Macroeconomics

This course uses rigorous economic models to study various macroeconomic issues. The subjects are centered around policy: government's spending, tax, and distribution policy, central bank's monetary policy, and international trade and finance. To make the subject matters relevant and practical, students are strongly encouraged to read the Wall Street Journal and the Economist regularly to keep up with current events and controversies.

 

Chicago Courses

After completing the foundation courses, students in the program will spend the autumn quarter at the University of Chicago. Courses in Global Relations will focus on policy studies while courses in Global Markets will emphasize the interplay of economic policies and events. Students will also select an elective course in the social sciences.

Global Relations

International Law

This course serves as an introduction to international law, which is the body of law that nation states have jointly created for the purpose of governing their relations. Students will gain an understanding of how formal and informal legal conventions shape how states and actors participate in a range of activities.

Politics of Globalization

Globalization has been taking place for centuries, but its impact has accelerated in recent decades. This class focuses on the political aspects of globalization recognizing that these often cannot be separated from economics.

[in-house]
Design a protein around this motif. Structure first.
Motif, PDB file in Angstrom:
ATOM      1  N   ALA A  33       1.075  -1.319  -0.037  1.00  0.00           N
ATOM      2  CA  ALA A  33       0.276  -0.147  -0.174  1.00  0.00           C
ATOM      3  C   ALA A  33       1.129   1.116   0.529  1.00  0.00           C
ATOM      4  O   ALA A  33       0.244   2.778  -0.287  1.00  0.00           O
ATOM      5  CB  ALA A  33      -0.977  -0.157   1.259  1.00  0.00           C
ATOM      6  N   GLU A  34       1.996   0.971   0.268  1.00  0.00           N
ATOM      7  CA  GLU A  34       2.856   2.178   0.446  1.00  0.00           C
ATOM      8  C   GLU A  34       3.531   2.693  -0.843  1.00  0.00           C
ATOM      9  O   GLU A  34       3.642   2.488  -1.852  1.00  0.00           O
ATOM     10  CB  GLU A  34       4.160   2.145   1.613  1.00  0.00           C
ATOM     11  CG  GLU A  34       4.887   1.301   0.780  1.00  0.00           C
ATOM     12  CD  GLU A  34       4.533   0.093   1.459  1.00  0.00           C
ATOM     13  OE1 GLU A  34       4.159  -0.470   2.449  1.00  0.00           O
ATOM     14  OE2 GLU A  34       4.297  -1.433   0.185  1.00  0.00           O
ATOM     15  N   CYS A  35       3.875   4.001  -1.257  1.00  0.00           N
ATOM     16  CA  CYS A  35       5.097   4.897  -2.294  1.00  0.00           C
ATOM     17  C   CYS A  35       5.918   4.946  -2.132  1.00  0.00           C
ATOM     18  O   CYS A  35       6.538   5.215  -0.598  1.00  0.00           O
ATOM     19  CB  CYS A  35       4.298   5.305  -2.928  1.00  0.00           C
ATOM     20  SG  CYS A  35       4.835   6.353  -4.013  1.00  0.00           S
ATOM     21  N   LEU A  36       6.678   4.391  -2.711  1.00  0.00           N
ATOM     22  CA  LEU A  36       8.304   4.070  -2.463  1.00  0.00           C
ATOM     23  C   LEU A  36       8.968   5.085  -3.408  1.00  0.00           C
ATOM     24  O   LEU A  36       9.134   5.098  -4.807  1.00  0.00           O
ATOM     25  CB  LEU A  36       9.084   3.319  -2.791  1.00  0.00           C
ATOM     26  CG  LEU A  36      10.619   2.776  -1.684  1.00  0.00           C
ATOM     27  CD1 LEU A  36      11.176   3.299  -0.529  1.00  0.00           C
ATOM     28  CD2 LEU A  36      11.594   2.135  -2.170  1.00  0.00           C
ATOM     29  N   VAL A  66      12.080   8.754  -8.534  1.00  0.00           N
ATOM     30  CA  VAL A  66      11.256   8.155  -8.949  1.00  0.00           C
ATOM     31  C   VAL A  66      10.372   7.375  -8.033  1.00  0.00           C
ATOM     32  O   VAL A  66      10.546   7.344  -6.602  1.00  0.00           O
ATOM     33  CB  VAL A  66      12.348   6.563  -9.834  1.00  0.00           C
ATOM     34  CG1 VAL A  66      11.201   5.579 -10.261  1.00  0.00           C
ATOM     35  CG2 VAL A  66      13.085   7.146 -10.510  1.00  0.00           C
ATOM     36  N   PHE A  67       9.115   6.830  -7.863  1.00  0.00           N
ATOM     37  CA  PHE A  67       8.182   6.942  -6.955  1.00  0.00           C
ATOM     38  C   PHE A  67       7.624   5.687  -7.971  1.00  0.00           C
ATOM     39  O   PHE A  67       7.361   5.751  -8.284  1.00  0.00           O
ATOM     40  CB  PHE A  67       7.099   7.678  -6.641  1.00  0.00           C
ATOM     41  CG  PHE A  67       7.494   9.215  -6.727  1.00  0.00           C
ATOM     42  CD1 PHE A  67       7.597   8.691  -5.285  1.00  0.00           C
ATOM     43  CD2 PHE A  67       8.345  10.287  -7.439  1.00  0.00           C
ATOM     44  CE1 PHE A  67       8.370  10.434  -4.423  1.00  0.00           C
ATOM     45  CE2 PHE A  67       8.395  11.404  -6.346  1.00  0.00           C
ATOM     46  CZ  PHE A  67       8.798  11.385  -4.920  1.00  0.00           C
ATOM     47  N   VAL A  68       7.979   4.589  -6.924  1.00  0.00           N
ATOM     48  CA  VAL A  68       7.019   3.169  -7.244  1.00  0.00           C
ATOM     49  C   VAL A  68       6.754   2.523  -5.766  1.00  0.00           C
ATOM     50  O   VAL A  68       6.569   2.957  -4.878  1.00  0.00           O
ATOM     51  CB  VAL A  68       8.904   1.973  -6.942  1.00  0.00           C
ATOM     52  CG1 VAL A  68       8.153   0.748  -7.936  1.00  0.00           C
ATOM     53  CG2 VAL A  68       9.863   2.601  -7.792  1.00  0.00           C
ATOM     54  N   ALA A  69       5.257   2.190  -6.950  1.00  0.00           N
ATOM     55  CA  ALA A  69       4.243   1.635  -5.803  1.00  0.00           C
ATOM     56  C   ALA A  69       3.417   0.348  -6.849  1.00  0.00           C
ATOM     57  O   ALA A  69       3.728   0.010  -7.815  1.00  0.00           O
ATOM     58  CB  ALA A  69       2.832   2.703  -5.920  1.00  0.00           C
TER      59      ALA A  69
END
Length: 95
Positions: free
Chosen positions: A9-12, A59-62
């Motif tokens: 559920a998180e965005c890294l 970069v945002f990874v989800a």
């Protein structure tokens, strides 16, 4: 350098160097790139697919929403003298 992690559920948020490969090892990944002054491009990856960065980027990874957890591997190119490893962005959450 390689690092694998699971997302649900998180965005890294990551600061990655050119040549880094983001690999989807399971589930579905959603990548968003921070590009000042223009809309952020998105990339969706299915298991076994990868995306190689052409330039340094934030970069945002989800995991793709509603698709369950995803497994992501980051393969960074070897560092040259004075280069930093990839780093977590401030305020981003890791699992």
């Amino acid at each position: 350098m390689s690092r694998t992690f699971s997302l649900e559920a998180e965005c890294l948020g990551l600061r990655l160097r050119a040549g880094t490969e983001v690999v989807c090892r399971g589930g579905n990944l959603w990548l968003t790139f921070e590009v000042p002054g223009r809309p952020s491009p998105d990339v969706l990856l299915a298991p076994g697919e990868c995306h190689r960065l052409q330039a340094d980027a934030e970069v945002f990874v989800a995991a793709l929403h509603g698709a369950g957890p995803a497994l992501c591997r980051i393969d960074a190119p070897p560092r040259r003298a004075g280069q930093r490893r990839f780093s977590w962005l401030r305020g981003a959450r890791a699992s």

Global Markets

Money and Banking

This course covers economic theories and topical issues in money and banking. We discuss such “traditional” topics as the quantity theory, the Phillips curve, and the money creation process. We also investigate models of bank runs and financial crises, the tradeoff between rules and discretion, and the New Macroeconomic Synthesis of New Classical. Other topics include New Keynesian approaches to modeling money and monetary policy, practical and institutional issues in European and U.S. monetary policy, and the 2008 financial crisis.

International Trade and Global Financial Markets

This course is designed to introduce participants to the concept of international trade and the institutional and policy contexts in which trade is transacted. International trade involves the exchange of goods and services across international boundaries or territories and it touches on multiple aspects of trade and supply chain management, as well as the financial markets that facilitate (or impede) trade.


Elective Course